Only those working the water are out this early. The frigate birds overhead, the rays below, the few boatsmen, and me, balancing, all of us, on this thin seam of a morning in Bora Bora. The day is beginning to wake; its promise rides the sun like a cloak over the horizon.
A ray feeds beneath me on the lagoon floor. I consider slipping into the water for a picture, but the words of Walt McLaughlin come to me, gracefully, like the ray itself. Life is hard enough for wild animals as things are, he wrote. Grateful for McLaughlin's observation, I remain on my paddle board and leave the ray to its purpose.
The salty air cools my lungs; the salty water, my toes. A small fish suddenly lands on my board. Its pursuer, a large trevally, swims below confused by the disappearance of its breakfast. I'm pleased to be the little one's refuge; humored that nature lets me return the favor in this way for the many times it has refuged me.
In his book, The Great Chain of Life, Joseph Wood Krutch suggests that very little of the natural world is necessary for our own survival. We don't need the sting ray or the sea bird. The shark nor whale either. Quite simply, they do very little to benefit our insatiable quest for self-preservation and dominion. Krutch writes that the wild will survive "only if man feels the necessity of sharing the earth with at least some of his fellow creatures to be a privilege rather than an irritation."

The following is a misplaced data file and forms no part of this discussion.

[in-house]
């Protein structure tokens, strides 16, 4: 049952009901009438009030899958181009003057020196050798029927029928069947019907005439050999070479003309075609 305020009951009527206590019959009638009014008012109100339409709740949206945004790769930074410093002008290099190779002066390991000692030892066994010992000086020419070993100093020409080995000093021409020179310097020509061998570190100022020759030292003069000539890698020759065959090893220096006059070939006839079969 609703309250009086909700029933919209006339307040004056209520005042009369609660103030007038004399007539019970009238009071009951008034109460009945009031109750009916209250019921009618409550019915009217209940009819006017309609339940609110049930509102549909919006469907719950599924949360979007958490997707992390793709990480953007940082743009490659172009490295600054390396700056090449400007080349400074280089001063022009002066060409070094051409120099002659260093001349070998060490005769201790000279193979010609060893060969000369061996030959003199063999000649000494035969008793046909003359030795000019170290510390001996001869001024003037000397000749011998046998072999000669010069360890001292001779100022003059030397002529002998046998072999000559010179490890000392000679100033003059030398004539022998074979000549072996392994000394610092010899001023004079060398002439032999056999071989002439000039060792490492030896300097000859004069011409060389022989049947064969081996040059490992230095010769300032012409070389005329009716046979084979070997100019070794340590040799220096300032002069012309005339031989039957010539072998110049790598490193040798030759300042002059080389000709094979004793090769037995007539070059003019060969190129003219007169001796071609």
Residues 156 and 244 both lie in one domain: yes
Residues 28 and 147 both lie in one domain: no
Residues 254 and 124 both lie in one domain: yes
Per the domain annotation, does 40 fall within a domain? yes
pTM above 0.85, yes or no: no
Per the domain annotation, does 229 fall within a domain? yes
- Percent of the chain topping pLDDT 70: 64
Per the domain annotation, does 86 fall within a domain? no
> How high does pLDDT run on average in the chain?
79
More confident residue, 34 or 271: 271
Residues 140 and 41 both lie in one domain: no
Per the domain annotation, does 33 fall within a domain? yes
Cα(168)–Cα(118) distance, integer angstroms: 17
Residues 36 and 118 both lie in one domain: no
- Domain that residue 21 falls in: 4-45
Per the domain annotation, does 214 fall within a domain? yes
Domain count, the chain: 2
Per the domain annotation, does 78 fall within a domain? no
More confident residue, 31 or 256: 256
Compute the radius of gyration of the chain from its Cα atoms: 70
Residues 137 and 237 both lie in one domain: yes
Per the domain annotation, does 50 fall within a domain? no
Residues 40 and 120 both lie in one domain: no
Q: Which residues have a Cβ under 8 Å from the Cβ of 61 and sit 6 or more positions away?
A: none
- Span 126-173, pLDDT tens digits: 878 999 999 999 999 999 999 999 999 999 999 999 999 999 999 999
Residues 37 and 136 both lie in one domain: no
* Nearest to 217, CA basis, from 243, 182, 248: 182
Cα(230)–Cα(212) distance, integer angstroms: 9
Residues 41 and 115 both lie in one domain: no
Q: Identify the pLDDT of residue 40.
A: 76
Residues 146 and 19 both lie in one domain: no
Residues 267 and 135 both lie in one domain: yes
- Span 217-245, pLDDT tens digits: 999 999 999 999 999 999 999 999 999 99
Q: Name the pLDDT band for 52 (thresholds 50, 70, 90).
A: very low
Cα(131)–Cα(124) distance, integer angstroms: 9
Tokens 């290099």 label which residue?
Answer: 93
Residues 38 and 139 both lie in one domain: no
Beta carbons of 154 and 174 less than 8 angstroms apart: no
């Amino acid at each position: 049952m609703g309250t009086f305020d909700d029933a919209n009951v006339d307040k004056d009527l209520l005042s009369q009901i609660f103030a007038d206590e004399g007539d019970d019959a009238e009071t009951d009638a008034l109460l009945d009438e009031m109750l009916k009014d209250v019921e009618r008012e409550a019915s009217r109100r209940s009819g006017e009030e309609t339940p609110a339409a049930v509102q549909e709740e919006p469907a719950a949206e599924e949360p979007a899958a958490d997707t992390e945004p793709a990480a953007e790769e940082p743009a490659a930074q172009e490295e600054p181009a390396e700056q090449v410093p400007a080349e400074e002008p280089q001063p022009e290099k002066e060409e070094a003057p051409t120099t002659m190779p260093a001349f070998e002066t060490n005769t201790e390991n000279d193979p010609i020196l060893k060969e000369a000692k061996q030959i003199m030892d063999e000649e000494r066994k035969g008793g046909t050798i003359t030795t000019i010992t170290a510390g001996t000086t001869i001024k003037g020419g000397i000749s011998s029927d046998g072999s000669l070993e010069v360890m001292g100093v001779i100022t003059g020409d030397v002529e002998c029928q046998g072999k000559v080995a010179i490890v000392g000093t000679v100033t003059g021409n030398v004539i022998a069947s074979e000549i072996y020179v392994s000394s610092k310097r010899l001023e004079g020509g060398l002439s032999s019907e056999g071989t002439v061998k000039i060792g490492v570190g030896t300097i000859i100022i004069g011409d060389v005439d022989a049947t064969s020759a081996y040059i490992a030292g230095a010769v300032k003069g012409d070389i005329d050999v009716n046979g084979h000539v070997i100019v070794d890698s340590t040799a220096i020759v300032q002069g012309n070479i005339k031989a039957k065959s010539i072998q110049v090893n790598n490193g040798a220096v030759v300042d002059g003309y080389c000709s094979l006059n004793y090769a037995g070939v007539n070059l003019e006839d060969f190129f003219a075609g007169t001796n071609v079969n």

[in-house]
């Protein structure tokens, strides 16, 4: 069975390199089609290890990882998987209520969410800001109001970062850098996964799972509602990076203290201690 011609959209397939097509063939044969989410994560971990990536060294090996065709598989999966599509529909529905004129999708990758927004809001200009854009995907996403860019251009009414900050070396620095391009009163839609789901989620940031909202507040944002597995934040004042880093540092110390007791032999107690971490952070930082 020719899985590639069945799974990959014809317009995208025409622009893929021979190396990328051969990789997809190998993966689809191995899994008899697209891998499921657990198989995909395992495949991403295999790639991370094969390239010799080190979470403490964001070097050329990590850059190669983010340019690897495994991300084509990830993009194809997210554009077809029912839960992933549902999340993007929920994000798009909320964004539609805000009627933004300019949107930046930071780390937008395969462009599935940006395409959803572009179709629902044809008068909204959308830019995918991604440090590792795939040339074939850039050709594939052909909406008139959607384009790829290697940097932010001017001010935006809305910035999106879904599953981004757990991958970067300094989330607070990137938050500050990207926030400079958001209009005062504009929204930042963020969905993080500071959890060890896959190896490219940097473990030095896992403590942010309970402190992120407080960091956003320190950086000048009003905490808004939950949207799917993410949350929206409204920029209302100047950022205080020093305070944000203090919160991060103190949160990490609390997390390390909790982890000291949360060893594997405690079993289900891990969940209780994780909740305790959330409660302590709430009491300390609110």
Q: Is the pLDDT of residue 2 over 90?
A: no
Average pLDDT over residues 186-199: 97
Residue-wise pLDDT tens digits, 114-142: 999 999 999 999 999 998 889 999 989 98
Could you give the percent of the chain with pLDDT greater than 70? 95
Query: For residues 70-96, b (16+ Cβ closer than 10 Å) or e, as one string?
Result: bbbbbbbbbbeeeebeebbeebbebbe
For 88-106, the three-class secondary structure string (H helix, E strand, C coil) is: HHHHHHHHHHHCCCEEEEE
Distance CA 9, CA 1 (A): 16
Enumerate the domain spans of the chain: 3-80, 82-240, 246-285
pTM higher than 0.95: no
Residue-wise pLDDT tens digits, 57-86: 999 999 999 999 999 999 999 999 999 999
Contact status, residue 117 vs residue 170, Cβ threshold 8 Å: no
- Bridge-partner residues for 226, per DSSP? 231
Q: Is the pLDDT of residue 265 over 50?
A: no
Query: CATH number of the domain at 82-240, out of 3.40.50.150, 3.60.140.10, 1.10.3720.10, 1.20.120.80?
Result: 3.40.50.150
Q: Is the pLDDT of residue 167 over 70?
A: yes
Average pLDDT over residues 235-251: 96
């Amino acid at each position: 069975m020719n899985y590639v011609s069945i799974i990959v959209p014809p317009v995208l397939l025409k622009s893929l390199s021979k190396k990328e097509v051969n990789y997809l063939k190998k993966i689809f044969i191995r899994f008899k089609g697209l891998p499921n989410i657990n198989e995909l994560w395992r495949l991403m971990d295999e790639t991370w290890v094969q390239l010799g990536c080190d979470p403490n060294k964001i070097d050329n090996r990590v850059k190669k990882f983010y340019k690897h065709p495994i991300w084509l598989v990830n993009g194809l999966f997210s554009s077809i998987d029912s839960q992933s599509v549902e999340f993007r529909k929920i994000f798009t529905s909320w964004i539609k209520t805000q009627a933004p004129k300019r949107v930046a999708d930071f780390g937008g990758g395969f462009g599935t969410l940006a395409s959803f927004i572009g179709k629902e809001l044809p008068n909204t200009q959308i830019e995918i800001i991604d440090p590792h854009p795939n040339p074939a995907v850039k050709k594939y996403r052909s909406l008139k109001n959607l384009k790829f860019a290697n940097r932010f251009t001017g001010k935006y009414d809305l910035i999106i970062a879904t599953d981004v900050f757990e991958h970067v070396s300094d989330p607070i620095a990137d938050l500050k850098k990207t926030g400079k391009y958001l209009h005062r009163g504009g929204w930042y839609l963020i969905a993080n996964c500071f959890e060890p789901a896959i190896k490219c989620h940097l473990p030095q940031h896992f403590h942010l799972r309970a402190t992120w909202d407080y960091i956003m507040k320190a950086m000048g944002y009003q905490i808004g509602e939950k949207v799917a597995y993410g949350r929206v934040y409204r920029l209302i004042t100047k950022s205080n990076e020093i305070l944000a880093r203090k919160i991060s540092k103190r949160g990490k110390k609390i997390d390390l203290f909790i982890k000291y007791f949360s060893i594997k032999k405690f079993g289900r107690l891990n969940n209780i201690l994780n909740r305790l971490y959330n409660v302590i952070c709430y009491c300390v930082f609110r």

But it's more than that, isn't it?
I paddle close to a lagoonarium where fish are kept to entertain the guests with fish feedings twice a week. Also close, is a restaurant that has what's called a "shark park," an enclosed area of the lagoon where blacktip reef sharks are kept for show. We are on the path to a world so domestic that it won't be long before the great barracuda is a fish only our grandfathers will recall. The cougar will become a beast of mythic proportions. Our grandmothers will say, "You had an uncle once who was carried away by the big cat." We will laugh in disbelief as we picture the fat mountain lion in the city zoo who sleeps in the sun and gets his food from a big red bucket, the kind your child plays with at the beach. One day, this fat cat will sit high in a tree, the only one in his exhibit, looking out at the world he once ruled. Only the ghosts of his ancestors will roam the street-lined forests, now subdivisions, all phantoms of what once was.
They need us, these wild and beautiful things. They need us to care, to legislate, to think, act, and consume differently. They need us to love more than ourselves. Only we humans, those of us not quite of the air or the sea, but infinitely and intimately connected to both, can decide if existing, if coexisting, with the natural world is something to protect or plunder. There is no longer any in between. We must consider this better. I know I will as I paddle by another ray moving beneath the waves, majestically, like a sacred secret waiting to be told.
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Location:Bora Bora, French Polynesia